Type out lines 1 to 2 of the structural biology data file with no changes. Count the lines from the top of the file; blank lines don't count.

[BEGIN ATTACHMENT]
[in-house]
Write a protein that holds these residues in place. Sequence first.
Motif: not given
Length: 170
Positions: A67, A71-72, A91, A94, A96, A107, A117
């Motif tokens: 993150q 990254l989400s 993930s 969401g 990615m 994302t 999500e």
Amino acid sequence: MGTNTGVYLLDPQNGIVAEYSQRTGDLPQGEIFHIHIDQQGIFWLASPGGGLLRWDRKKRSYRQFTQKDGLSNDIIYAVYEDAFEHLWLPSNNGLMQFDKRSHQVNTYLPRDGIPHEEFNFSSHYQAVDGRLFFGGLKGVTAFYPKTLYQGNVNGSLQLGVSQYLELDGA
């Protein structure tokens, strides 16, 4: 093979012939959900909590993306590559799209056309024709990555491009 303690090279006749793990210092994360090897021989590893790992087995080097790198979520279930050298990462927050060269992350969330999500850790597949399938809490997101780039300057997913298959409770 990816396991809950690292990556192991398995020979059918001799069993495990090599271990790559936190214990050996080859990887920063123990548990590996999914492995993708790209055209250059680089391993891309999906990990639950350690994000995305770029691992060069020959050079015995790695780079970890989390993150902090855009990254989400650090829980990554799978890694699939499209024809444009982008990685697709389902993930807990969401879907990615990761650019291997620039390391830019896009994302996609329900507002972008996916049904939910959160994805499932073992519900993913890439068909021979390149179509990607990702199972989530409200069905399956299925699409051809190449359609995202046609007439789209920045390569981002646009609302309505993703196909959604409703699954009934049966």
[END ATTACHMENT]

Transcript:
[in-house]
Write a protein that holds these residues in place. Sequence first.